copy a class
staschuk at telusplanet.net
Fri Jun 13 01:33:09 CEST 2003
Quoth Turhan Ozen:
> TypeError: can't pickle function objects
> I am making a copy of a class instance so that the original instance is
> not changed when I use it in some operations. But one attribute of this
> class is a reference to a function. Is this a problem? Could you please
> recommend me a solution?
First, here's the difference between copy and deepcopy:
>>> import copy
>>> class Foo(object):
>>> x = Foo()
>>> x.a = 3
>>> x.b = [1, 2]
>>> y = copy.copy(x) # With shallow copy,
>>> x is y # x and y are different objects,
>>> y.a = 'not three' # so attribute assignment to one does
>>> x.a # does not affect the other, like you'd expect.
>>> x.b is y.b # But the *referred to* objects are not copied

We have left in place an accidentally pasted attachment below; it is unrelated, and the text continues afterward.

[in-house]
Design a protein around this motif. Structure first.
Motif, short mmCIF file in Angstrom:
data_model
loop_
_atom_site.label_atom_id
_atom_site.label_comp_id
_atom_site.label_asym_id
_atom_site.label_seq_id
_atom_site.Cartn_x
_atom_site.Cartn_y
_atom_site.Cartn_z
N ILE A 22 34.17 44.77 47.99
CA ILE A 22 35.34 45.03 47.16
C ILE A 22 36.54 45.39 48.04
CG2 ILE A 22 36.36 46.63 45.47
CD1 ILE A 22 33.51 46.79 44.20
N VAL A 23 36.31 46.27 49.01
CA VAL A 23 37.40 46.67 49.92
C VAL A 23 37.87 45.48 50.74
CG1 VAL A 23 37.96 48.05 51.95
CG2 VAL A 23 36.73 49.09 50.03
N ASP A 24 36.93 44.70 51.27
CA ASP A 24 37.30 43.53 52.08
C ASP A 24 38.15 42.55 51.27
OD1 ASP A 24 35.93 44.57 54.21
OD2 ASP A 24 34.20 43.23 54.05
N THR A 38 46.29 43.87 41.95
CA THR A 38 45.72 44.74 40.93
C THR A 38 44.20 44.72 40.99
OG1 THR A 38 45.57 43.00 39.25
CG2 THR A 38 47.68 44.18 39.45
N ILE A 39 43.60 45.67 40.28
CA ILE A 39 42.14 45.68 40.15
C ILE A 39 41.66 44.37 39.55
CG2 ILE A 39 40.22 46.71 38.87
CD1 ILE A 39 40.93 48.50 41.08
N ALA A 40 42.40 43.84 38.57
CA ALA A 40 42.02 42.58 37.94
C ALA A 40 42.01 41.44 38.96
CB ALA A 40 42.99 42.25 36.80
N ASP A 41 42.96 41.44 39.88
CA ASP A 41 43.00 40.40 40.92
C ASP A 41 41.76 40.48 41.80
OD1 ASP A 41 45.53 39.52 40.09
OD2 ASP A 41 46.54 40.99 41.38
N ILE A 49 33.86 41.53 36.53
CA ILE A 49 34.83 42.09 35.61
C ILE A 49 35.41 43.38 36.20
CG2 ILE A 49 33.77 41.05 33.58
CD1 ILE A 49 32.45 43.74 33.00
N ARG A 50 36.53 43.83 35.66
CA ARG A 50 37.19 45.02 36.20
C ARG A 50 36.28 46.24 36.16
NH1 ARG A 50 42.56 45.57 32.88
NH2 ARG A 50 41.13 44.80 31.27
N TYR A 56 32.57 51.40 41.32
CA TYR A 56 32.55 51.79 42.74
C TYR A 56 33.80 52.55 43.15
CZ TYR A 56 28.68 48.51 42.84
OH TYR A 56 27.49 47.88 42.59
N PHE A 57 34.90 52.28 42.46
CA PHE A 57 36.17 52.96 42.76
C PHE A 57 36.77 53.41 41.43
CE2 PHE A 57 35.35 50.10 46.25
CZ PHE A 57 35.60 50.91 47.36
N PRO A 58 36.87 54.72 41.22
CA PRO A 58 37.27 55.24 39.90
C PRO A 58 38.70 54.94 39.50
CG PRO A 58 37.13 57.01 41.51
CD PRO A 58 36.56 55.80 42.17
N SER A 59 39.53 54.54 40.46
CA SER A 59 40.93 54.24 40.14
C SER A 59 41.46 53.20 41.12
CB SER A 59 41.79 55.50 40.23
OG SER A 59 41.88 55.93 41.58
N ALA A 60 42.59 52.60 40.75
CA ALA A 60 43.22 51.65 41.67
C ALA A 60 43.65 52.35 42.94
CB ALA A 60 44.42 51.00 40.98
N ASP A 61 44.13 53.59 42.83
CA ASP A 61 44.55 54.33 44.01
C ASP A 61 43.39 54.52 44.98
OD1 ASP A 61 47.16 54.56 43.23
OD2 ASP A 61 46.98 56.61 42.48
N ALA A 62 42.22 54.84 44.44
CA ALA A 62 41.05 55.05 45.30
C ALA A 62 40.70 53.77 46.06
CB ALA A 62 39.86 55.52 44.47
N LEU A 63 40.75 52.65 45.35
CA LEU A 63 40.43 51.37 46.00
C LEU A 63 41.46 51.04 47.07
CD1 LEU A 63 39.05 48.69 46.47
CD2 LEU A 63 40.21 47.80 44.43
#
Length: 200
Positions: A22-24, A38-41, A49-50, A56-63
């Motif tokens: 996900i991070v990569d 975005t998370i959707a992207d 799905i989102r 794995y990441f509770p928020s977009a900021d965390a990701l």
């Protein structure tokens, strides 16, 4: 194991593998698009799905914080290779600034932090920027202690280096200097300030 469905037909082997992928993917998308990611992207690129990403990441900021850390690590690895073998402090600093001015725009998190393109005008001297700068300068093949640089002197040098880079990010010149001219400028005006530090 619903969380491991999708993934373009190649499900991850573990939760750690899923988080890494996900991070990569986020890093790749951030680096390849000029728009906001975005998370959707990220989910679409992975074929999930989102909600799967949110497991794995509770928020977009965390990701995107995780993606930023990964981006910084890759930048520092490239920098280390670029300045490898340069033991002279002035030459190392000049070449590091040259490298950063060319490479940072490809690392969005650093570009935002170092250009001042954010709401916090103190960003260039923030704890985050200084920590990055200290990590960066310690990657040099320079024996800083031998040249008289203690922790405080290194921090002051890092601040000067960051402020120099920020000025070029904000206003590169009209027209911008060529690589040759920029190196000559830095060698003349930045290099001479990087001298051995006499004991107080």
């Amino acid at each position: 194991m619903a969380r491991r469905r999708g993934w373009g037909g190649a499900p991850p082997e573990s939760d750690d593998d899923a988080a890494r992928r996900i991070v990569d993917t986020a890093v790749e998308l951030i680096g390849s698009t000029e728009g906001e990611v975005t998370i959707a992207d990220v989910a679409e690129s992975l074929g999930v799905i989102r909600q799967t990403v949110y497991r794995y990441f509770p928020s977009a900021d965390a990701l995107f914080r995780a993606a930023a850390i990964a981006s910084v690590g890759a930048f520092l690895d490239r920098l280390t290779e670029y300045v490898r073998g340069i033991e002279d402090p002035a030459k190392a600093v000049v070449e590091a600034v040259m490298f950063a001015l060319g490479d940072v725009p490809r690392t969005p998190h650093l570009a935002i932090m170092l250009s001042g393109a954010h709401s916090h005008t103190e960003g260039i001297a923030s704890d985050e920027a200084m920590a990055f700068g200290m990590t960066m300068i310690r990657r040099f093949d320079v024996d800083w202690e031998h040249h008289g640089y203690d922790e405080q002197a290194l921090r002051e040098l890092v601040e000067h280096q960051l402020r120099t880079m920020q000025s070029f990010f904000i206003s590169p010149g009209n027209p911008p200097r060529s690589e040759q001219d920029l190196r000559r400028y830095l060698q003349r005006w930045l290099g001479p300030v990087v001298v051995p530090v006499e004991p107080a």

>>> y.b.append(3) # so if they're mutable
>>> x.b # x and y can share data.
[1, 2, 3]
>>> z = copy.deepcopy(x) # Whereas with deep copy,
>>> x.b is z.b # the referred to objects are also copied
>>> z.b.append(4) # so the copy is much more independent
>>> x.b # of the original.
[1, 2, 3]
So, for example, if you have an instance attribute which refers to
a function, copy.deepcopy will try to copy that function too,
which it can't do. Hence the exception you've seen.
Using copy.copy would avoid *that* problem, but look carefully at
the above example interactive session and make sure you understand
what it does differently, and whether that would work for you.
Try similar experiments with your own classes.
If neither shallow nor deep copy is what you want, you can
implement your own copying logic using __getstate__ and
__setstate__, for example. More on that if you ask.
Steven Taschuk staschuk at telusplanet.net
"What I find most baffling about that song is that it was not a hit."
-- Tony Dylan Davis (CKUA)
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